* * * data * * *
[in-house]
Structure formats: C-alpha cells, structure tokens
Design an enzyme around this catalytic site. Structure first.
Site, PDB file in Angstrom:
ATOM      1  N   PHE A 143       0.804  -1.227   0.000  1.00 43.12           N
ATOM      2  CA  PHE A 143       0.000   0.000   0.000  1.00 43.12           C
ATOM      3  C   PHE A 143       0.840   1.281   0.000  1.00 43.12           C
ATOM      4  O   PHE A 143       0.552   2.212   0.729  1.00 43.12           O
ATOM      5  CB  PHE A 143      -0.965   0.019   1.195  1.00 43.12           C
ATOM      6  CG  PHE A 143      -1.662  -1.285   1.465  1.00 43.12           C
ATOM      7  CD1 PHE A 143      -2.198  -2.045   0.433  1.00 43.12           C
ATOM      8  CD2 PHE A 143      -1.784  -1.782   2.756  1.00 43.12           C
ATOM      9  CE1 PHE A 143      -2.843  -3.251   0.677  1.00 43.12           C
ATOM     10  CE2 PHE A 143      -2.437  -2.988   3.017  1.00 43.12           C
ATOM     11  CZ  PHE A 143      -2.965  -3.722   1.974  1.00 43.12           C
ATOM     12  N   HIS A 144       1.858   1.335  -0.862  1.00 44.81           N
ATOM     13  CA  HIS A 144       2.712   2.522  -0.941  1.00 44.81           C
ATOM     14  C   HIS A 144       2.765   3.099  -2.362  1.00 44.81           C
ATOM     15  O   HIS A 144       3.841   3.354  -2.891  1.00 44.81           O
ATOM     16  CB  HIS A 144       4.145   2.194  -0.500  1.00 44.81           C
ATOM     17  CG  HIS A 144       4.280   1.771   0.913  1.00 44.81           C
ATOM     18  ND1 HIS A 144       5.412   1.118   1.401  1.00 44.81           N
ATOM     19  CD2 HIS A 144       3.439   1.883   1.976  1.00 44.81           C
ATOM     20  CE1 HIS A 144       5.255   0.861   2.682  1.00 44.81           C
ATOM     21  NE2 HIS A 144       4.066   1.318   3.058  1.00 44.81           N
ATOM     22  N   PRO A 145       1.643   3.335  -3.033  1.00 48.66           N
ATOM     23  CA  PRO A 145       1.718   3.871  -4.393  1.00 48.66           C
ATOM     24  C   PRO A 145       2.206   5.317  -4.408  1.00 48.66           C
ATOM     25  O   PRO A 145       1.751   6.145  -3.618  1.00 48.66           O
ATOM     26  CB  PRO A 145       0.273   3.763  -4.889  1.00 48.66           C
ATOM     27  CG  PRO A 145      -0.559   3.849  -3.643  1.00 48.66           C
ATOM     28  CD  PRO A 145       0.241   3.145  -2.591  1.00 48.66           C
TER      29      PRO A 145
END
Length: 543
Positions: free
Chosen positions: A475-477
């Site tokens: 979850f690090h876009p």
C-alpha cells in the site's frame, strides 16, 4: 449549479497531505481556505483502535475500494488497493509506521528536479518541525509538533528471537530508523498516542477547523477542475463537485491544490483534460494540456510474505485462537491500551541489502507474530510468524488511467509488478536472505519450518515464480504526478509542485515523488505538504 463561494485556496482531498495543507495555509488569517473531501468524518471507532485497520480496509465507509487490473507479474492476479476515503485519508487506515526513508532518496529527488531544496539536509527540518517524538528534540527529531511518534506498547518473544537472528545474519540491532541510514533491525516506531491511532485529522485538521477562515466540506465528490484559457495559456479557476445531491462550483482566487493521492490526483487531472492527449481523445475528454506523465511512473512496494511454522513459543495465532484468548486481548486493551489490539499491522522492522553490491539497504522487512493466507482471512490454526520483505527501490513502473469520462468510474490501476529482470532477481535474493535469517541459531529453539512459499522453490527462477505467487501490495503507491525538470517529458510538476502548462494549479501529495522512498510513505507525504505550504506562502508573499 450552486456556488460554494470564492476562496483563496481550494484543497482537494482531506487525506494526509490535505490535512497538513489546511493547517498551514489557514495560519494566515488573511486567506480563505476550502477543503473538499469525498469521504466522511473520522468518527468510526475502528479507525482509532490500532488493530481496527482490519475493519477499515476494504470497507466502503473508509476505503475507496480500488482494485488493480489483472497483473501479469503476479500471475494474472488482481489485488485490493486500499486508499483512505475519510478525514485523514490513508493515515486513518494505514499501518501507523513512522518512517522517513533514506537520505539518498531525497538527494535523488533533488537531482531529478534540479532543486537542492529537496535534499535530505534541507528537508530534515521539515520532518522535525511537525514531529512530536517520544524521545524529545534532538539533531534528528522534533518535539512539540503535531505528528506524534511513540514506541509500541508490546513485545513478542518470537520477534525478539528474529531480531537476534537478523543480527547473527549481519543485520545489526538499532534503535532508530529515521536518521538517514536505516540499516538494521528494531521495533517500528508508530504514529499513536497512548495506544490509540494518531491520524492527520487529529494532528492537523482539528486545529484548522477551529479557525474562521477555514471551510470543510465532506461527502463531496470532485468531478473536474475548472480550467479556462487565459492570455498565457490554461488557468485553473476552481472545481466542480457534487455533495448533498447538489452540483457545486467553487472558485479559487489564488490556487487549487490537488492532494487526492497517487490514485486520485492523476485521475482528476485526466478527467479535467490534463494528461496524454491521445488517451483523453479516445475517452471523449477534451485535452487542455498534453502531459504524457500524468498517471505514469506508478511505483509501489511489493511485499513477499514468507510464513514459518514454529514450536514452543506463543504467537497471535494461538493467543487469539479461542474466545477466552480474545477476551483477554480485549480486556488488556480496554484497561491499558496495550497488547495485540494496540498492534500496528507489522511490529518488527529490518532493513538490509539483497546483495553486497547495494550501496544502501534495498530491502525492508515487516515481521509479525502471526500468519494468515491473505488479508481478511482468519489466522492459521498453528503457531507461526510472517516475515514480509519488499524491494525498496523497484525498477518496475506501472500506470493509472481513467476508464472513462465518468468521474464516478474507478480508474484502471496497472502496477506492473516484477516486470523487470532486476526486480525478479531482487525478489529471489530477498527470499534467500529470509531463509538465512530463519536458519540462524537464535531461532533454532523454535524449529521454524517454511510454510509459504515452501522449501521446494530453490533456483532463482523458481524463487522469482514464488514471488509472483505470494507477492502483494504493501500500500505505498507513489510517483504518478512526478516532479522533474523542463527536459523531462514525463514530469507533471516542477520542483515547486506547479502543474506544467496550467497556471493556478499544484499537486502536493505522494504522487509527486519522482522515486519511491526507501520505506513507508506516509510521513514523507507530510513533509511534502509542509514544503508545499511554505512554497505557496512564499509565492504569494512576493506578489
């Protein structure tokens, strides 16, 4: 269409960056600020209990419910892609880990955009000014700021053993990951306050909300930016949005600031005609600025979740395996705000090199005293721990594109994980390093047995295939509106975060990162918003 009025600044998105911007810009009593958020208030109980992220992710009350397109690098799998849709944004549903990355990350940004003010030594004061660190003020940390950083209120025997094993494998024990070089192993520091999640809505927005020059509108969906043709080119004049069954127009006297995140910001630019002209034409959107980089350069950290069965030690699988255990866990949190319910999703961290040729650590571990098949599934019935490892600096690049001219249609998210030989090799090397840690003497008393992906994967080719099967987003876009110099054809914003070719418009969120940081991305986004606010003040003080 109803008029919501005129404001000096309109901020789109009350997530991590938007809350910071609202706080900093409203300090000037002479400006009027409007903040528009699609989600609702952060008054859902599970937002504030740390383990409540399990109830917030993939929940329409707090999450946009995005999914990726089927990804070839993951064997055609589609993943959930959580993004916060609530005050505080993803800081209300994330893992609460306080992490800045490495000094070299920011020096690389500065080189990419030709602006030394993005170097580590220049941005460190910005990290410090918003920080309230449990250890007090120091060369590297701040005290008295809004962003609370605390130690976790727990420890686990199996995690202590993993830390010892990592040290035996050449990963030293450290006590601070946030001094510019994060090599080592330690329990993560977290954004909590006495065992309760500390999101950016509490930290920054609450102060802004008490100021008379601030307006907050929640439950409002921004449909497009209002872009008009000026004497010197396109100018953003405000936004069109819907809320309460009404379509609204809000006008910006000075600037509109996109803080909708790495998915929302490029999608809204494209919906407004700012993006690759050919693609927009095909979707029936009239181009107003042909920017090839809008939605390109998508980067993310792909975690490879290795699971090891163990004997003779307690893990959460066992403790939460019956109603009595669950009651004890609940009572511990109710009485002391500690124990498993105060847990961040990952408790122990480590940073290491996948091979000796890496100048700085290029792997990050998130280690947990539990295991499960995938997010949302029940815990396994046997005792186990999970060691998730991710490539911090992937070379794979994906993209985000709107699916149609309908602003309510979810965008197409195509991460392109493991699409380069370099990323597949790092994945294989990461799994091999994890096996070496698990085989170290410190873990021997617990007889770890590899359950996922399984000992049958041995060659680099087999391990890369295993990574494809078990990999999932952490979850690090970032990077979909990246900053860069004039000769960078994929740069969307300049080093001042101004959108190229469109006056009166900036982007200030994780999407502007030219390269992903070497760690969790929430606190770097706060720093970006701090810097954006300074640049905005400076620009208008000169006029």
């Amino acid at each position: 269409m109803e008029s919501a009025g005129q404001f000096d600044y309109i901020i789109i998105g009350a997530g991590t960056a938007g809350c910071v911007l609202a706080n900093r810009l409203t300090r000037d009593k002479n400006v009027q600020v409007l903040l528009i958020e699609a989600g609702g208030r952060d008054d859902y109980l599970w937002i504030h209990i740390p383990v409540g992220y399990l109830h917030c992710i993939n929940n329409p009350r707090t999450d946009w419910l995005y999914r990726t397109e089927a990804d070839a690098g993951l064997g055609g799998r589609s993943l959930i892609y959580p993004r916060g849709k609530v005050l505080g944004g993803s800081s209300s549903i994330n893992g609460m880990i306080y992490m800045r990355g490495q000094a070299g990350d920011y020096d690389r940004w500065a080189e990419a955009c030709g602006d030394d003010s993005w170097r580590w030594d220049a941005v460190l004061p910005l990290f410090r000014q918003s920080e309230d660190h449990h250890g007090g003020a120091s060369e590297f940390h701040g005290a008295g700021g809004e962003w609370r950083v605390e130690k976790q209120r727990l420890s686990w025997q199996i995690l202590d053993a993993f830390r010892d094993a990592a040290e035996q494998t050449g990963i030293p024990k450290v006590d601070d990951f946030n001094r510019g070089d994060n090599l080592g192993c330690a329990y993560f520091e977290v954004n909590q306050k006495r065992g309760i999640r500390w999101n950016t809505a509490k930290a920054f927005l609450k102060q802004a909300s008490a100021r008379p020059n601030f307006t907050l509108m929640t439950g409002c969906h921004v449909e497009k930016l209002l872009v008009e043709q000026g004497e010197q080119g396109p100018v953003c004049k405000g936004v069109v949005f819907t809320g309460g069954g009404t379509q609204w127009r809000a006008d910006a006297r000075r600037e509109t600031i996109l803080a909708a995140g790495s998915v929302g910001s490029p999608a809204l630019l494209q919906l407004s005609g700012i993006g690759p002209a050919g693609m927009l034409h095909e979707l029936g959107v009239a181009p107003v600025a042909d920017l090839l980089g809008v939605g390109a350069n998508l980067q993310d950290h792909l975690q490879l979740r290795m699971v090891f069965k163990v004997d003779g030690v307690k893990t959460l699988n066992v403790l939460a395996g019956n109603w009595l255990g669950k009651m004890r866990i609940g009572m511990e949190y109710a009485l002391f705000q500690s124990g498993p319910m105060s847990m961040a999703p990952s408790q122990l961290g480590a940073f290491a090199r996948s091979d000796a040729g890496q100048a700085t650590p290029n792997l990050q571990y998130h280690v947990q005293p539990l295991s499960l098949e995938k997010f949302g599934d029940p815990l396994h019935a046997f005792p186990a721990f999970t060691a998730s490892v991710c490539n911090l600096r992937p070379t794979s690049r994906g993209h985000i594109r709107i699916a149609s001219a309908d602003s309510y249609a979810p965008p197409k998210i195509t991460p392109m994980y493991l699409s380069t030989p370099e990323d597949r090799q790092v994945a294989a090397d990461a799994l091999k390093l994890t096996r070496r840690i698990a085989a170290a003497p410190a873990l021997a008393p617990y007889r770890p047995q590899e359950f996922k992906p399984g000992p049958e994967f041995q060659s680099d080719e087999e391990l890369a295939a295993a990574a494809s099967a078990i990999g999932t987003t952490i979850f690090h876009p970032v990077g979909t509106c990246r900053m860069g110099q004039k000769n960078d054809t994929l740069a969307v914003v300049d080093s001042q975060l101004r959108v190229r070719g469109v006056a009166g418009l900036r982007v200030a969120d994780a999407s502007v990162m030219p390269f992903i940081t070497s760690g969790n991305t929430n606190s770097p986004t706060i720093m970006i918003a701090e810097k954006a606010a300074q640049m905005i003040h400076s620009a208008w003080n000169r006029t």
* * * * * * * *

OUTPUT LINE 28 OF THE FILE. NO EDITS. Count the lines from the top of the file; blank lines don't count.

ATOM     24  C   PRO A 145       2.206   5.317  -4.408  1.00 48.66           C